Persuasion via gamification : mobile applications for supporting positive behaviour for learning (PB4L) pedagogy
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Citation:Reddy, L. (2018). Persuasion via Gamification: Mobile Applications for Supporting Positive Behaviour for Learning (PB4L) Pedagogy. An unpublished thesis submitted in partial fulfilment of the requirements for the degree of Master of Applied Practice, Unitec Institute of Technology, Auckland, New Zealand.
Permanent link to Research Bank record:https://hdl.handle.net/10652/4497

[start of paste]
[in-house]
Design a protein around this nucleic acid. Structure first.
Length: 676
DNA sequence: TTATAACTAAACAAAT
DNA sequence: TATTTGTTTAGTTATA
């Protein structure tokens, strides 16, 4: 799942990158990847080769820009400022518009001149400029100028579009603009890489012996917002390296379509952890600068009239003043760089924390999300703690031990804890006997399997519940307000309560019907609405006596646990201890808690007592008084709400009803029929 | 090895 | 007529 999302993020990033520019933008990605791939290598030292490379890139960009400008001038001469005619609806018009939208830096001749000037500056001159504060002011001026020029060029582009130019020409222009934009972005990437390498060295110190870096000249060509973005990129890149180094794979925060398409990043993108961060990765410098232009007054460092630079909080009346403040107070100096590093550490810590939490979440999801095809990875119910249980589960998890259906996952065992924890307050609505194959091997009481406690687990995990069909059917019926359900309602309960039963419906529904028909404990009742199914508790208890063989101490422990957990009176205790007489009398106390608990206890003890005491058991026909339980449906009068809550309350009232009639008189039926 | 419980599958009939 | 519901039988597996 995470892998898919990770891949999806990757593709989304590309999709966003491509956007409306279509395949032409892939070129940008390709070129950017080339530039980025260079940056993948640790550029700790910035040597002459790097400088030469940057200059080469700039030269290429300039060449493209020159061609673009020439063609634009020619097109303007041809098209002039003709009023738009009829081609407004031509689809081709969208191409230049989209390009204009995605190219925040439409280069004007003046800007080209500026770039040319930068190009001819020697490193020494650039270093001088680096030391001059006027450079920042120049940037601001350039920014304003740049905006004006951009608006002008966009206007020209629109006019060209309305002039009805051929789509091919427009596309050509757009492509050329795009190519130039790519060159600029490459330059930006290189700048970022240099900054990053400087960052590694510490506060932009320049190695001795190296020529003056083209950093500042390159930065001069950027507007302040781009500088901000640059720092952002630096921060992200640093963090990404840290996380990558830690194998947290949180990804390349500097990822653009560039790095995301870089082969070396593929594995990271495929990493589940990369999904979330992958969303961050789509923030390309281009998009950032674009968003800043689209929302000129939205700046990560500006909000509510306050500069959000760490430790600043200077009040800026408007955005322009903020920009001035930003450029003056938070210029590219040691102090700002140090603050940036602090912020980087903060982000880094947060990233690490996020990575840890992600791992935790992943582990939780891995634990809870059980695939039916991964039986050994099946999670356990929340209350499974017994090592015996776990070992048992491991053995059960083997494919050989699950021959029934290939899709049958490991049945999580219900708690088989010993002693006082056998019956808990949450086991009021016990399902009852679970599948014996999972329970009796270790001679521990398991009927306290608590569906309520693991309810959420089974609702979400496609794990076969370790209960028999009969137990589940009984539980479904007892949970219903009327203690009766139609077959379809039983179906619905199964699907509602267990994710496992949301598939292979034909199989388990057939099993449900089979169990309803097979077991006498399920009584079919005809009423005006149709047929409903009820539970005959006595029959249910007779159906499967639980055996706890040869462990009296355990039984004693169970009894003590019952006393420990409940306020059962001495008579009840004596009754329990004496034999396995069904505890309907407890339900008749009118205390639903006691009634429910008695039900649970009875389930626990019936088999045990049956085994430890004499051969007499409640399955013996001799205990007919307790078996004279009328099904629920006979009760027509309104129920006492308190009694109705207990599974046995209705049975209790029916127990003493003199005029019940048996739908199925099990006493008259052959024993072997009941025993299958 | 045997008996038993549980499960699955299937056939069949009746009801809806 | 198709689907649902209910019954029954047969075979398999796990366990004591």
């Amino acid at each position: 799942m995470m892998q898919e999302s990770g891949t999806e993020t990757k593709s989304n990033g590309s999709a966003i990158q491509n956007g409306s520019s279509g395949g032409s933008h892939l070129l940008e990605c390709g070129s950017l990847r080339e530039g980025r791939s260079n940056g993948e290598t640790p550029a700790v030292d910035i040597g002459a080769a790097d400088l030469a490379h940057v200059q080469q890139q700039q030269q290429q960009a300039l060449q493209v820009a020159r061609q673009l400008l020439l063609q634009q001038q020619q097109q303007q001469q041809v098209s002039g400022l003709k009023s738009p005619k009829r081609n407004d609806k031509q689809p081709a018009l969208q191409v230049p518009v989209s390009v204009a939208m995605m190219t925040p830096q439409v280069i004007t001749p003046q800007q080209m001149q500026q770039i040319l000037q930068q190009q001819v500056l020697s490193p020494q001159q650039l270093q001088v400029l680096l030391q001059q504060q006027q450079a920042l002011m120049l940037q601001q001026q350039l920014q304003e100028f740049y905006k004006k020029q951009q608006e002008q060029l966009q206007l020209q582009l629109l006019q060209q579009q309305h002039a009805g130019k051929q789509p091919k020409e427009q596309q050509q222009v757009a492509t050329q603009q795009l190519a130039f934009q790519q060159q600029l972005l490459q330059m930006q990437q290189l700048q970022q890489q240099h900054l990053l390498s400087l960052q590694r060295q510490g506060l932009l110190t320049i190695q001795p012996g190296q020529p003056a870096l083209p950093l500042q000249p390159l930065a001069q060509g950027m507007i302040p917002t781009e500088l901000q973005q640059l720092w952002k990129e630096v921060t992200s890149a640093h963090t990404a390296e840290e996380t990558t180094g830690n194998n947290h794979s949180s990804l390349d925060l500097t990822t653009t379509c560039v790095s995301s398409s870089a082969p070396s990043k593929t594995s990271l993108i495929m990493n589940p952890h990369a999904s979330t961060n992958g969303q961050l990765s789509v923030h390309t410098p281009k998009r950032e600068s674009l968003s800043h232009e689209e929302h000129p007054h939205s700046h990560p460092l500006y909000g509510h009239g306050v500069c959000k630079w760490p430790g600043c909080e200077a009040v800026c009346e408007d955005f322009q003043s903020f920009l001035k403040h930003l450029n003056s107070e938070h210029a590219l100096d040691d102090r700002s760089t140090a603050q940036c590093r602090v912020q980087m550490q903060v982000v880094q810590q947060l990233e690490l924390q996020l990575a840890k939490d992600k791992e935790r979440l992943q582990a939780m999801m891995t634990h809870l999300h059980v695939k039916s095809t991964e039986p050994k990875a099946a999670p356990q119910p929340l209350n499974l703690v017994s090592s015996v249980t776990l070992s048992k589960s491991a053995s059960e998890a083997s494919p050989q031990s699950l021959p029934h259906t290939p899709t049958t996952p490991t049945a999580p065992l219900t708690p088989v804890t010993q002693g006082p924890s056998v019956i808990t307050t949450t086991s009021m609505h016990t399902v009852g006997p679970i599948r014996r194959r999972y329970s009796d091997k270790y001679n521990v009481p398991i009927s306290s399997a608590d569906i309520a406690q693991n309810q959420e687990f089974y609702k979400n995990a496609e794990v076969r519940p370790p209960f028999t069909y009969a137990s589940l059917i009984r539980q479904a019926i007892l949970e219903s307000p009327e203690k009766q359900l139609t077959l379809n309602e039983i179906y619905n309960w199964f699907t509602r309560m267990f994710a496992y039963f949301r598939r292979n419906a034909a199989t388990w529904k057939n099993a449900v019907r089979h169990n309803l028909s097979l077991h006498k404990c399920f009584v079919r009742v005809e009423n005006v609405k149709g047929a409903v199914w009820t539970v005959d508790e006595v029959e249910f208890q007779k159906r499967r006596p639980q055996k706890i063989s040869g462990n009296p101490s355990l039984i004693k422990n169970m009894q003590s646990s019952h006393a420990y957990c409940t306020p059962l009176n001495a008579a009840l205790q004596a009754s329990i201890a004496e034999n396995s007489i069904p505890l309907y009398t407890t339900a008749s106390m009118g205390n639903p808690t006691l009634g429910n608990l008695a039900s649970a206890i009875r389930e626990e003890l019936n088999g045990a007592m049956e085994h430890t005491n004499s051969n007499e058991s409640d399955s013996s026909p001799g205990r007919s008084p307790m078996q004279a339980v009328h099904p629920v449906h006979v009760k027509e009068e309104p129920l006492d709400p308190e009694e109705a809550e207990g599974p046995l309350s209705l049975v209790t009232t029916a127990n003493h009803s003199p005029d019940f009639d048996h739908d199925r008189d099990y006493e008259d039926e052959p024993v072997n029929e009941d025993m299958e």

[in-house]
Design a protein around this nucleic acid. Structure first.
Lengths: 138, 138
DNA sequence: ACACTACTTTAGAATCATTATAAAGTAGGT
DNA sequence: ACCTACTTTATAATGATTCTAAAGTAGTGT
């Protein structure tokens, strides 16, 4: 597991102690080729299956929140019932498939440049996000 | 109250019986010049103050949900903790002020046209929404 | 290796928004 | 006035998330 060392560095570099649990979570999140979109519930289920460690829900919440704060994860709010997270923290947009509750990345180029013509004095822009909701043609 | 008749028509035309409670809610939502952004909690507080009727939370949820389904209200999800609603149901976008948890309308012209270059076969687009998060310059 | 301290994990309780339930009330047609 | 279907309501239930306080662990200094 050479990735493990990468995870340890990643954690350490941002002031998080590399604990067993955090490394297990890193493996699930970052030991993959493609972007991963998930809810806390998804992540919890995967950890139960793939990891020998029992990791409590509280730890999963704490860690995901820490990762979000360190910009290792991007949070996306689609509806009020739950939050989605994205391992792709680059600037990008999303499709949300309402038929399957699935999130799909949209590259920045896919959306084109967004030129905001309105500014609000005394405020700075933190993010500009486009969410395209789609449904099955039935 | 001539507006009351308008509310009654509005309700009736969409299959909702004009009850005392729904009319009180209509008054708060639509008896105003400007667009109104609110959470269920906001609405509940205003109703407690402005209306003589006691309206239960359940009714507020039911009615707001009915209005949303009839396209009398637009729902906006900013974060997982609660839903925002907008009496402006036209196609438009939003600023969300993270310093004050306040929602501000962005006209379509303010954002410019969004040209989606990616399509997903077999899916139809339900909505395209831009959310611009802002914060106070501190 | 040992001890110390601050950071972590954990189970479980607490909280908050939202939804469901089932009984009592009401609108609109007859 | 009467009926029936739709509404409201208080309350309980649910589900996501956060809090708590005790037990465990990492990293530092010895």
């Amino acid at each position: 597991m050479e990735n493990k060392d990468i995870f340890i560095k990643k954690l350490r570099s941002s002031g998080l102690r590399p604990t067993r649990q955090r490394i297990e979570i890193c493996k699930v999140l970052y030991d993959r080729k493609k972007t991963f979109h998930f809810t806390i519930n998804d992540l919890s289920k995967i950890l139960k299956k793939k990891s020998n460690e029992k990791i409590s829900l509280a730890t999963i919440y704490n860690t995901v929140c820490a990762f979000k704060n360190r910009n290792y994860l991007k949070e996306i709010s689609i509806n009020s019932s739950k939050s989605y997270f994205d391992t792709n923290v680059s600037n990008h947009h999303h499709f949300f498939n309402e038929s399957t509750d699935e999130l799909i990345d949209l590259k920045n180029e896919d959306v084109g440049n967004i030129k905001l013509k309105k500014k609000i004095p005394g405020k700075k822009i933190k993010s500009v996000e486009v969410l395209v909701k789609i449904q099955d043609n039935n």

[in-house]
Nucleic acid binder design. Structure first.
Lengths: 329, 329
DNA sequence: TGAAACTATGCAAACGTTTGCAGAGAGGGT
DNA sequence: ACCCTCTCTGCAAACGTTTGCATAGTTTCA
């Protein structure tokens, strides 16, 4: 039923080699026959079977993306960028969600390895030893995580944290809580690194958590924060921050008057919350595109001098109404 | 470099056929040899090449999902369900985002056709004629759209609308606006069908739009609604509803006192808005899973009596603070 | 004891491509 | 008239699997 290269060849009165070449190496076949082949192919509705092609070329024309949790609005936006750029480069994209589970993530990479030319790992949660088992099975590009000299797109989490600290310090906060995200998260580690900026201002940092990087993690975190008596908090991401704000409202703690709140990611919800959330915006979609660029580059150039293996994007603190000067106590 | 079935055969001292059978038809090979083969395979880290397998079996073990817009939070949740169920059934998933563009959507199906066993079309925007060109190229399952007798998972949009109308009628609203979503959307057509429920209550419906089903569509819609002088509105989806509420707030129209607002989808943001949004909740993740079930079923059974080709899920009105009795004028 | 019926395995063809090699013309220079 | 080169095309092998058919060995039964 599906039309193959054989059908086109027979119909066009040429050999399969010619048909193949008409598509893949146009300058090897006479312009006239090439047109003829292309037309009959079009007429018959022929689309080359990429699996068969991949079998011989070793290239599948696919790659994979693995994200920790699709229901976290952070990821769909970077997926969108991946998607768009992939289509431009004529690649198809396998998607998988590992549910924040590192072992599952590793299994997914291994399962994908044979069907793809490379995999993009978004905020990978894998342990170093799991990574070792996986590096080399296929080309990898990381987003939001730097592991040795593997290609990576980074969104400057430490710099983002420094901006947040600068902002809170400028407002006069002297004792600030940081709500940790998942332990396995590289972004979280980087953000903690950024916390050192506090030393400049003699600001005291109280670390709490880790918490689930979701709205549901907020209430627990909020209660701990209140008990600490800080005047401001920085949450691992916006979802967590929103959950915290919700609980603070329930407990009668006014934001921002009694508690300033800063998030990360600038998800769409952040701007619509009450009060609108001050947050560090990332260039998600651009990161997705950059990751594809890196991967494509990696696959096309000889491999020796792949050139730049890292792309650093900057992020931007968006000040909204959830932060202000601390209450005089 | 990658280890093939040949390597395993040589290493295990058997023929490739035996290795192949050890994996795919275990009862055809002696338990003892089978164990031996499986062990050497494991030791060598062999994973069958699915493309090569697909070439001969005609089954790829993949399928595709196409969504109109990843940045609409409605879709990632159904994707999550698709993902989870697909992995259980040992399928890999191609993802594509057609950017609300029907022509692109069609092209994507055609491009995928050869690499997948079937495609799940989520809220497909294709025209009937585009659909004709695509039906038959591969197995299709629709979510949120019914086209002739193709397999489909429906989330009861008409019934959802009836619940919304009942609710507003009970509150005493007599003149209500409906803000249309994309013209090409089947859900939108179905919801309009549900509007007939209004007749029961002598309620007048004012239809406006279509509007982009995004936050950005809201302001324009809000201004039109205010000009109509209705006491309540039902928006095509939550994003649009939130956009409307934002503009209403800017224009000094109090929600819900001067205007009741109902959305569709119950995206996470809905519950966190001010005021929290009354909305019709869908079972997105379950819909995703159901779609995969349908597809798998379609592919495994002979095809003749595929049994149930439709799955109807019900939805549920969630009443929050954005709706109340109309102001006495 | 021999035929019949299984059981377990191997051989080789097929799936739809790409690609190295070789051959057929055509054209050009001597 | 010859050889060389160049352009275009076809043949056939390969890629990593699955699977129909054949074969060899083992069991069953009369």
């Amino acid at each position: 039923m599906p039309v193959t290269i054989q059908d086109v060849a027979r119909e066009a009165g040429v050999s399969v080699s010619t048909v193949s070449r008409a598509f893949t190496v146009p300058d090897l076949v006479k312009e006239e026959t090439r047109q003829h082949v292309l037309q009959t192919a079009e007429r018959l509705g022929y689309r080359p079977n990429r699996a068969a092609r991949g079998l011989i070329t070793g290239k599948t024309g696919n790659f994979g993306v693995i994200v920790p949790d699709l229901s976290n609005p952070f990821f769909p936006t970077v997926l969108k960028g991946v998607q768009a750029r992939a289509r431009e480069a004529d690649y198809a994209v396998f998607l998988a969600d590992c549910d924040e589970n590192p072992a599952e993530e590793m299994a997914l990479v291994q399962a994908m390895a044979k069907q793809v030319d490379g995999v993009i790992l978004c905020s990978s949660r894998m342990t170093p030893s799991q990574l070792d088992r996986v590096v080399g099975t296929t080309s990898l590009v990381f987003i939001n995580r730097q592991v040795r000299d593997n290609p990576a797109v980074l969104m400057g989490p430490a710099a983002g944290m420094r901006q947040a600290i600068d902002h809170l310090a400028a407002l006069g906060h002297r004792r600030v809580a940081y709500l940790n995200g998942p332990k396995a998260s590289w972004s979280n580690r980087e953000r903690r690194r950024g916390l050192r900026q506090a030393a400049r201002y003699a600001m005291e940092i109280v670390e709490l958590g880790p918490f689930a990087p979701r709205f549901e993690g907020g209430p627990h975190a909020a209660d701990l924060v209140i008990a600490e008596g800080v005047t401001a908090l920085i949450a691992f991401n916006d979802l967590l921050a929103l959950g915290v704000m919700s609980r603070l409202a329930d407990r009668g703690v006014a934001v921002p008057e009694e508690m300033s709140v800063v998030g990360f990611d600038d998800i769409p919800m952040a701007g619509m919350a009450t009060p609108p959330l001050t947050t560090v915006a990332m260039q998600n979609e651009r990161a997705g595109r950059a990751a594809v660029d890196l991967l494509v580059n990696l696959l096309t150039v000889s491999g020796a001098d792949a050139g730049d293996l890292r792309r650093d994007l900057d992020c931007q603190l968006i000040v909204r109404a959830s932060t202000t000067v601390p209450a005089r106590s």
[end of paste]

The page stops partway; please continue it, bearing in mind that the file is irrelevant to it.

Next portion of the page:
RESEARCH AIMS AND RESEARCH QUESTIONS: 1) The research study aims to evaluate how teachers are trying to implement PB4L in their classrooms and school-wide via Ka Pai app. RQ1: How does the app compare with existing methods of PB4L pedagogy in place at the school? 2) Evaluate whether the Ka Pai application provides teachers a positive experience through analytic data and teacher feedback. RQ2: How successful was the intervention regarding teacher’s enjoyment and effectiveness for meeting their PB4L pedagogical needs? 3) Prototype the inclusion of Te Reo Māori values in the application and gauge whether teachers valued this feature. RQ3: How well was Te Reo incorporated in the PB4L features of the app and what can be done to better integrate Te Reo? Teachers in New Zealand schools are faced with a lot of paperwork for teaching and managing behaviour through the Positive Behaviour for Learning (PB4L) initiative. PB4L was created by the Ministry of Education (MoE) of New Zealand after the Taumata Whanonga behaviour summit in 2009. PB4L pedagogy requires teachers to record and reward behaviour as part of its seven essential features. This creates more paper work for teachers as they are required to reward and correct positive and negative behaviour at a 4 to 1 ratio. The problem is the limited amount of time that teachers have to learn and implement PB4L. What is more challenging is that teachers are expected to create reward and record systems that are ubiquitous and accessible. Teachers at Wesley Intermediate School have been looking for a fast and efficient way to reward and record behaviour since 2014. The teachers also wanted to create a digital tool for PB4L, to reinforce the use of school values based on Te Reo Māori and pro-social behaviour school-wide, but were limited in terms of technical knowledge, resourcing and research capability. We present “Ka Pai” in this thesis, a gamified mobile application prototype that uses game play mechanics in a non-game context. Gamification was used to persuade participants to use PB4L pedagogies and strategies instead of punitive ones. Ka Pai translates to “well done” in Te Reo Māori, the indigenous language of New Zealand. Ka Pai was evaluated with ten teachers at Wesley Intermediate School over a two-week period. The findings reported are based on user metric and qualitative feedback collected via indigenous research methodology called Talanoa - a form of research that enables authentic qualitative research with Pasifika people. The results show that Ka Pai was a success. The teachers used the app extensively, to grow in their knowledge of using Te Reo Māori, were recording and reporting behaviour through the app and enjoyed the use of PB4L more in their classrooms. Further research is suggested to show the impact of the Ka Pai on behaviour outcomes over a longer trial period. Future considerations for research could include, student participation, whanau (family) consultation and comparative studies with a control group/similar app for education.